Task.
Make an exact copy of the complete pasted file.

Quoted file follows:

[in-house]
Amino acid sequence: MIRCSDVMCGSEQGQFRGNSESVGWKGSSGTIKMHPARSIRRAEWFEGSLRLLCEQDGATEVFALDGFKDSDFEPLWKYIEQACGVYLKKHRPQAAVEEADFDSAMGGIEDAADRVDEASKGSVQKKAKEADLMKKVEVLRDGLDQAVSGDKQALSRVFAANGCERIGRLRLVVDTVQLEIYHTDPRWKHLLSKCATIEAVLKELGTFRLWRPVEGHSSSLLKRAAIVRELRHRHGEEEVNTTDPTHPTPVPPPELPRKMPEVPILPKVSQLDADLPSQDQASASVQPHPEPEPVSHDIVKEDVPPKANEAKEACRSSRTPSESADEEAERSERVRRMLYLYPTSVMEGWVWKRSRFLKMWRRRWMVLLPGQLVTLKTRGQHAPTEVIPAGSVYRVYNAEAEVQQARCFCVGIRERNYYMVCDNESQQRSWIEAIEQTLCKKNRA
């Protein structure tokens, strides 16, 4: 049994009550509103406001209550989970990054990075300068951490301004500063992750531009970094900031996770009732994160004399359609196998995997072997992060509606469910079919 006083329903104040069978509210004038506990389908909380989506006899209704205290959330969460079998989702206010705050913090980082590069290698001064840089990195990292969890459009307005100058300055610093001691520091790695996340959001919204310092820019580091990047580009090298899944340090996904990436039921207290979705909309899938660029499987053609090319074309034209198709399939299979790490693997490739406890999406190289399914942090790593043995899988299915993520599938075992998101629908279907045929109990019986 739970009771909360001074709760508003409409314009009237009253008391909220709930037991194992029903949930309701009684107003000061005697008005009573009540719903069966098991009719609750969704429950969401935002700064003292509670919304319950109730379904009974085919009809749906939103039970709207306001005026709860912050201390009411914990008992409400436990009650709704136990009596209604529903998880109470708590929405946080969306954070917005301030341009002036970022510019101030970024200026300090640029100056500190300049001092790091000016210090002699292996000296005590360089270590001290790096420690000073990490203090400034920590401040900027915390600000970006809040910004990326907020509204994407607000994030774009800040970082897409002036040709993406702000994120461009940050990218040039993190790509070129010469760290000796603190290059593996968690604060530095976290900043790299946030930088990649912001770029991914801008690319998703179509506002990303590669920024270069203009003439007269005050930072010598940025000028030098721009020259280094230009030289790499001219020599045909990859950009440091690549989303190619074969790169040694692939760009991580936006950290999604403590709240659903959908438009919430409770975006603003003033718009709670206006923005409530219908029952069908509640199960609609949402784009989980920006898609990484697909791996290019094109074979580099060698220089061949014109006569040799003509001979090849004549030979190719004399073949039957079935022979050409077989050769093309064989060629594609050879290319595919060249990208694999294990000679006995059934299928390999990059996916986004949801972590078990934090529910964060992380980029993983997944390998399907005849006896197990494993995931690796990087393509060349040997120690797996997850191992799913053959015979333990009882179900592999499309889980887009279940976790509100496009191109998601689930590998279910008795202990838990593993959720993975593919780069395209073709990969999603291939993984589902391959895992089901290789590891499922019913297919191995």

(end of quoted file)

[in-house]
Amino acid sequence: MIRCSDVMCGSEQGQFRGNSESVGWKGSSGTIKMHPARSIRRAEWFEGSLRLLCEQDGATEVFALDGFKDSDFEPLWKYIEQACGVYLKKHRPQAAVEEADFDSAMGGIEDAADRVDEASKGSVQKKAKEADLMKKVEVLRDGLDQAVSGDKQALSRVFAANGCERIGRLRLVVDTVQLEIYHTDPRWKHLLSKCATIEAVLKELGTFRLWRPVEGHSSSLLKRAAIVRELRHRHGEEEVNTTDPTHPTPVPPPELPRKMPEVPILPKVSQLDADLPSQDQASASVQPHPEPEPVSHDIVKEDVPPKANEAKEACRSSRTPSESADEEAERSERVRRMLYLYPTSVMEGWVWKRSRFLKMWRRRWMVLLPGQLVTLKTRGQHAPTEVIPAGSVYRVYNAEAEVQQARCFCVGIRERNYYMVCDNESQQRSWIEAIEQTLCKKNRA
């Protein structure tokens, strides 16, 4: 049994009550509103406001209550989970990054990075300068951490301004500063992750531009970094900031996770009732994160004399359609196998995997072997992060509606469910079919 006083329903104040069978509210004038506990389908909380989506006899209704205290959330969460079998989702206010705050913090980082590069290698001064840089990195990292969890459009307005100058300055610093001691520091790695996340959001919204310092820019580091990047580009090298899944340090996904990436039921207290979705909309899938660029499987053609090319074309034209198709399939299979790490693997490739406890999406190289399914942090790593043995899988299915993520599938075992998101629908279907045929109990019986 739970009771909360001074709760508003409409314009009237009253008391909220709930037991194992029903949930309701009684107003000061005697008005009573009540719903069966098991009719609750969704429950969401935002700064003292509670919304319950109730379904009974085919009809749906939103039970709207306001005026709860912050201390009411914990008992409400436990009650709704136990009596209604529903998880109470708590929405946080969306954070917005301030341009002036970022510019101030970024200026300090640029100056500190300049001092790091000016210090002699292996000296005590360089270590001290790096420690000073990490203090400034920590401040900027915390600000970006809040910004990326907020509204994407607000994030774009800040970082897409002036040709993406702000994120461009940050990218040039993190790509070129010469760290000796603190290059593996968690604060530095976290900043790299946030930088990649912001770029991914801008690319998703179509506002990303590669920024270069203009003439007269005050930072010598940025000028030098721009020259280094230009030289790499001219020599045909990859950009440091690549989303190619074969790169040694692939760009991580936006950290999604403590709240659903959908438009919430409770975006603003003033718009709670206006923005409530219908029952069908509640199960609609949402784009989980920006898609990484697909791996290019094109074979580099060698220089061949014109006569040799003509001979090849004549030979190719004399073949039957079935022979050409077989050769093309064989060629594609050879290319595919060249990208694999294990000679006995059934299928390999990059996916986004949801972590078990934090529910964060992380980029993983997944390998399907005849006896197990494993995931690796990087393509060349040997120690797996997850191992799913053959015979333990009882179900592999499309889980887009279940976790509100496009191109998601689930590998279910008795202990838990593993959720993975593919780069395209073709990969999603291939993984589902391959895992089901290789590891499922019913297919191995």